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Evolution of age and length at maturation of Alaskan salmon under size-selective harvest.

Kendall NW, Dieckmann U, Heino M, Punt AE, Quinn TP - Evol Appl (2013)

Bottom Line: PMRN midpoints decreased in six of nine populations for both sexes, consistent with the harvest.These results support the hypothesis that environmental changes in the ocean (likely from competition) combined with adaptive microevolution (decreased PMRNs) have produced the observed life-history patterns.PMRNs did not decrease in all populations, and we documented differences in magnitude and consistency of size selection and exploitation rates among populations.

View Article: PubMed Central - PubMed

Affiliation: School of Aquatic and Fishery Sciences, University of Washington Seattle, WA, USA ; Washington Department of Fish and Wildlife Olympia, WA, USA.

ABSTRACT
Spatial and temporal trends and variation in life-history traits, including age and length at maturation, can be influenced by environmental and anthropogenic processes, including size-selective exploitation. Spawning adults in many wild Alaskan sockeye salmon populations have become shorter at a given age over the past half-century, but their age composition has not changed. These fish have been exploited by a gillnet fishery since the late 1800s that has tended to remove the larger fish. Using a rare, long-term dataset, we estimated probabilistic maturation reaction norms (PMRNs) for males and females in nine populations in two basins and correlated these changes with fishery size selection and intensity to determine whether such selection contributed to microevolutionary changes in maturation length. PMRN midpoints decreased in six of nine populations for both sexes, consistent with the harvest. These results support the hypothesis that environmental changes in the ocean (likely from competition) combined with adaptive microevolution (decreased PMRNs) have produced the observed life-history patterns. PMRNs did not decrease in all populations, and we documented differences in magnitude and consistency of size selection and exploitation rates among populations. Incorporating evolutionary considerations and tracking further changes in life-history traits can support continued sustainable exploitation and productivity in these and other exploited natural resources.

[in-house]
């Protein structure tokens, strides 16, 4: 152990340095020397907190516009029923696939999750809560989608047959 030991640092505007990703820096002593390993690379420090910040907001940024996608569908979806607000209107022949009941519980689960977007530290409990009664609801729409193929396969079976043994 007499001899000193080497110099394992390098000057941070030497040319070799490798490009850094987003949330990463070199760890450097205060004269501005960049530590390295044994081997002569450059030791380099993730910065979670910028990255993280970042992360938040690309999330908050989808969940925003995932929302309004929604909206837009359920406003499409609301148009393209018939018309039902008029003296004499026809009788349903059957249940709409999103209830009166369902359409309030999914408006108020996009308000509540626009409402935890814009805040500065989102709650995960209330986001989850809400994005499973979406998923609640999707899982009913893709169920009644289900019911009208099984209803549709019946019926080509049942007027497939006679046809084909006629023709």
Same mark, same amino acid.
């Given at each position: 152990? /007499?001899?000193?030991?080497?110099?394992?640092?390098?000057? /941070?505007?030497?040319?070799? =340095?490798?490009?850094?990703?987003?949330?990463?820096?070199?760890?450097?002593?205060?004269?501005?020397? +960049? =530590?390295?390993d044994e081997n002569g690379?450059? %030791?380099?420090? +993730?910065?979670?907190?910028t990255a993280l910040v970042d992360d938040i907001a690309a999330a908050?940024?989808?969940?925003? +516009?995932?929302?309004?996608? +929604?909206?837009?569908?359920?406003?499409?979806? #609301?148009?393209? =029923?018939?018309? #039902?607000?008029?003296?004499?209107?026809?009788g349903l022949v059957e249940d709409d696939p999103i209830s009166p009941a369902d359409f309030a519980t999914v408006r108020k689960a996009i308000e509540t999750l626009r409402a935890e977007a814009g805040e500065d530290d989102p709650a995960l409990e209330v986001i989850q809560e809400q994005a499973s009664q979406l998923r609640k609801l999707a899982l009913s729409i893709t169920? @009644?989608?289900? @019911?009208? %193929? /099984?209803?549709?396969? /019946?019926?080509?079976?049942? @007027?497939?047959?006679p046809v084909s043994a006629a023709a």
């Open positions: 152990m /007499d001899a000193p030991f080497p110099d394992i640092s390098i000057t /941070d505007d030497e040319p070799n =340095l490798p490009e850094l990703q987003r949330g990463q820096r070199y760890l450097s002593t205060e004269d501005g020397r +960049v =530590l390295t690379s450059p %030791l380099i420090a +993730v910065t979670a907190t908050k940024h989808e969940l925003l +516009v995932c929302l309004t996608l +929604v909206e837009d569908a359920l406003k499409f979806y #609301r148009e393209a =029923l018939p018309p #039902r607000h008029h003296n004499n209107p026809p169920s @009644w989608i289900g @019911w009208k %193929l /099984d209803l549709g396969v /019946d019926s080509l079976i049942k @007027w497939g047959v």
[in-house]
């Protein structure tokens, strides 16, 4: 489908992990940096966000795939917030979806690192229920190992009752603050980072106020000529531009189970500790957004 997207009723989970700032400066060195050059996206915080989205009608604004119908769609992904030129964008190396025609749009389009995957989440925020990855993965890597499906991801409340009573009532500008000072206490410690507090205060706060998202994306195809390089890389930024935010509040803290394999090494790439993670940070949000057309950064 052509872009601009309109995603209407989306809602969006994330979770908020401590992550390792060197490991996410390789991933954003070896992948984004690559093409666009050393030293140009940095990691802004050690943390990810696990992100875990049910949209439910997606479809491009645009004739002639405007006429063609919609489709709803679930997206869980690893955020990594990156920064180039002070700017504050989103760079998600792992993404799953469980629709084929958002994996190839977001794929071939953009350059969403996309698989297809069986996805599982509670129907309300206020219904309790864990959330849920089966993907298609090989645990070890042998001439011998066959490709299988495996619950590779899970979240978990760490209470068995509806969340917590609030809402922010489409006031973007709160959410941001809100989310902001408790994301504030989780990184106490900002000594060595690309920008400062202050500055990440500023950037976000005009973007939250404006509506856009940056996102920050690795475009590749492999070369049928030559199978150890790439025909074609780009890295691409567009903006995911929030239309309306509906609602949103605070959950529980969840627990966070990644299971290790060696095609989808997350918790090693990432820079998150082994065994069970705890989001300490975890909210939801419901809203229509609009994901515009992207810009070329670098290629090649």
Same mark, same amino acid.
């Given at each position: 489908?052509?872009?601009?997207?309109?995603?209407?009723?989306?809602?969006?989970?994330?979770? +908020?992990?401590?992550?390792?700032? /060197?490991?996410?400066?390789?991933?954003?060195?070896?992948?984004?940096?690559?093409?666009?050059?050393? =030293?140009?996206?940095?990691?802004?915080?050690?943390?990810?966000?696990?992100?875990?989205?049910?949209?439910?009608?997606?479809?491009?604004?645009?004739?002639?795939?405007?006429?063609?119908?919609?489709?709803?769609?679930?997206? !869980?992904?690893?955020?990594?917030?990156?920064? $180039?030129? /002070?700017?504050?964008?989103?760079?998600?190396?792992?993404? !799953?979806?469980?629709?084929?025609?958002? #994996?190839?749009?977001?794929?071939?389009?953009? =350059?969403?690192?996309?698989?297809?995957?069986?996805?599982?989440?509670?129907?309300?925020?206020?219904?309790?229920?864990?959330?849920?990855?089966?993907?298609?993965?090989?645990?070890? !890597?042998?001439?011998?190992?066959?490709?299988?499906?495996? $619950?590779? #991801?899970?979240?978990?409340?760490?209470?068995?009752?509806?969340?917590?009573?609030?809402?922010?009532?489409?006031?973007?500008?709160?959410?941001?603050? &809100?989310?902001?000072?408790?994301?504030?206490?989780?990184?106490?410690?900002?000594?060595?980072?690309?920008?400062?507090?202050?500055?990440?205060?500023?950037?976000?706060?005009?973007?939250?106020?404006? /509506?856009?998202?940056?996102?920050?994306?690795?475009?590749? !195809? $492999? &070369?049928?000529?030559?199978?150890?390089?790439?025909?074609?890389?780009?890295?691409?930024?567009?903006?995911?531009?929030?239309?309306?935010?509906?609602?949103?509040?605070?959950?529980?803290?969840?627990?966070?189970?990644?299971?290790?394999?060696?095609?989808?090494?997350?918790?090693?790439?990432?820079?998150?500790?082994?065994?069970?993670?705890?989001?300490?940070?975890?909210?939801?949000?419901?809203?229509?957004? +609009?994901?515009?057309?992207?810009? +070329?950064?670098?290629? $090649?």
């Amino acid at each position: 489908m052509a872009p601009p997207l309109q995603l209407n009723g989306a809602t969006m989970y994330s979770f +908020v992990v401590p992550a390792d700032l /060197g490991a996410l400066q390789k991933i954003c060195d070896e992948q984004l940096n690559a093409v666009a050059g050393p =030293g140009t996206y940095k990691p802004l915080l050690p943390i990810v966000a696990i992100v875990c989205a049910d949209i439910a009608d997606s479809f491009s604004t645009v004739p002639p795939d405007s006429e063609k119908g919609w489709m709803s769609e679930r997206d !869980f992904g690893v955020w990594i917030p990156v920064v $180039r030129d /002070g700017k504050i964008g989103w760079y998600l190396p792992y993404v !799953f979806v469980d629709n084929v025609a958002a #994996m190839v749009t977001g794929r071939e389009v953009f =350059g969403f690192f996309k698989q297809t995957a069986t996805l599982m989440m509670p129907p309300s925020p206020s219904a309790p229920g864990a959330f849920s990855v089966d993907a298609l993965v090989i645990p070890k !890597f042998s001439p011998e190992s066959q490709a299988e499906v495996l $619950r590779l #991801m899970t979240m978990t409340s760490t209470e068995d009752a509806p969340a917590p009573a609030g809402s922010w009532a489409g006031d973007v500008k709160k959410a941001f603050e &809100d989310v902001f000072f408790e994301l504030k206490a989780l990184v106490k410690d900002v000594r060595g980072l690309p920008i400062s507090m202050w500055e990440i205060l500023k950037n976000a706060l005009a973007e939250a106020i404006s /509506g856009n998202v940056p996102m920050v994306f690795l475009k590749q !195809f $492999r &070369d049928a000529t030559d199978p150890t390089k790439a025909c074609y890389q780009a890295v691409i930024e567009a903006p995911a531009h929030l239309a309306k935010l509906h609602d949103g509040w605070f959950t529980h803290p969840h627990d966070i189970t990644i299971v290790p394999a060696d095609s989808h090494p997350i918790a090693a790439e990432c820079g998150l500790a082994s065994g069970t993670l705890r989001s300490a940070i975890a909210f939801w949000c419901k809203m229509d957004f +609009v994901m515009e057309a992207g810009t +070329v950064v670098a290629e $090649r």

No MeSH data available.


Ocean age 2 sockeye salmon LP50 values for females and males of Iliamna Lake and Wood River lakes populations. Error bars are 95% CIs estimated from bootstrap analysis. Best-fit lines are for the populations where LP50 values decreased significantly over time (males and females from Copper River and Gibraltar Creek in Iliamna Lake and males and females from all populations in the Wood River lakes).
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fig01: Ocean age 2 sockeye salmon LP50 values for females and males of Iliamna Lake and Wood River lakes populations. Error bars are 95% CIs estimated from bootstrap analysis. Best-fit lines are for the populations where LP50 values decreased significantly over time (males and females from Copper River and Gibraltar Creek in Iliamna Lake and males and females from all populations in the Wood River lakes).